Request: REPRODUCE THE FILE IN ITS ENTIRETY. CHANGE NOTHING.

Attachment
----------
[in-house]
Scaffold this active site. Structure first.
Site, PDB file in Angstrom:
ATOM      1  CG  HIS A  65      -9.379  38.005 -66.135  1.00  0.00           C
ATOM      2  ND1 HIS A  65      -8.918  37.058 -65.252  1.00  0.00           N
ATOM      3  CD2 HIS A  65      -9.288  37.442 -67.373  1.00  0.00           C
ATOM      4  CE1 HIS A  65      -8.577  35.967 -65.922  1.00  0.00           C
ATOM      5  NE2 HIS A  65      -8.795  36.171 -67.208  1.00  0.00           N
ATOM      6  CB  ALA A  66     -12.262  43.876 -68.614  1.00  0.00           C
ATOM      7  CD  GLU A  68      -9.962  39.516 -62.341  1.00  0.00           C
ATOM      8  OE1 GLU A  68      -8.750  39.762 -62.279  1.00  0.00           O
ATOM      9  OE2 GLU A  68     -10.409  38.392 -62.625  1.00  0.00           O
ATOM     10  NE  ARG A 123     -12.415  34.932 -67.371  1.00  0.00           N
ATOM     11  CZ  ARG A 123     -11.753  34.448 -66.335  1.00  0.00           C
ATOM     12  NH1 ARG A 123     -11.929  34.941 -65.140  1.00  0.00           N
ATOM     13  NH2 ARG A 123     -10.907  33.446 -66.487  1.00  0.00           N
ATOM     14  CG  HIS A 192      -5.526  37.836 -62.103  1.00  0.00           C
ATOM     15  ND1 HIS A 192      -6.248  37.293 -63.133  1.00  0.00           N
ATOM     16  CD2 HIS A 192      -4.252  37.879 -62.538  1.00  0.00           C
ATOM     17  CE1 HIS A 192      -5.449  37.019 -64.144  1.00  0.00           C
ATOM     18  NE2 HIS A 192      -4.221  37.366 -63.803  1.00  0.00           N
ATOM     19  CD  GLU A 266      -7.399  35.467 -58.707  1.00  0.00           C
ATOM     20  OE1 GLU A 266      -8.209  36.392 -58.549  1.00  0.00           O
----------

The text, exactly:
[in-house]
Scaffold this active site. Structure first.
Site, PDB file in Angstrom:
ATOM      1  CG  HIS A  65      -9.379  38.005 -66.135  1.00  0.00           C
ATOM      2  ND1 HIS A  65      -8.918  37.058 -65.252  1.00  0.00           N
ATOM      3  CD2 HIS A  65      -9.288  37.442 -67.373  1.00  0.00           C
ATOM      4  CE1 HIS A  65      -8.577  35.967 -65.922  1.00  0.00           C
ATOM      5  NE2 HIS A  65      -8.795  36.171 -67.208  1.00  0.00           N
ATOM      6  CB  ALA A  66     -12.262  43.876 -68.614  1.00  0.00           C
ATOM      7  CD  GLU A  68      -9.962  39.516 -62.341  1.00  0.00           C
ATOM      8  OE1 GLU A  68      -8.750  39.762 -62.279  1.00  0.00           O
ATOM      9  OE2 GLU A  68     -10.409  38.392 -62.625  1.00  0.00           O
ATOM     10  NE  ARG A 123     -12.415  34.932 -67.371  1.00  0.00           N
ATOM     11  CZ  ARG A 123     -11.753  34.448 -66.335  1.00  0.00           C
ATOM     12  NH1 ARG A 123     -11.929  34.941 -65.140  1.00  0.00           N
ATOM     13  NH2 ARG A 123     -10.907  33.446 -66.487  1.00  0.00           N
ATOM     14  CG  HIS A 192      -5.526  37.836 -62.103  1.00  0.00           C
ATOM     15  ND1 HIS A 192      -6.248  37.293 -63.133  1.00  0.00           N
ATOM     16  CD2 HIS A 192      -4.252  37.879 -62.538  1.00  0.00           C
ATOM     17  CE1 HIS A 192      -5.449  37.019 -64.144  1.00  0.00           C
ATOM     18  NE2 HIS A 192      -4.221  37.366 -63.803  1.00  0.00           N
ATOM     19  CD  GLU A 266      -7.399  35.467 -58.707  1.00  0.00           C
ATOM     20  OE1 GLU A 266      -8.209  36.392 -58.549  1.00  0.00           O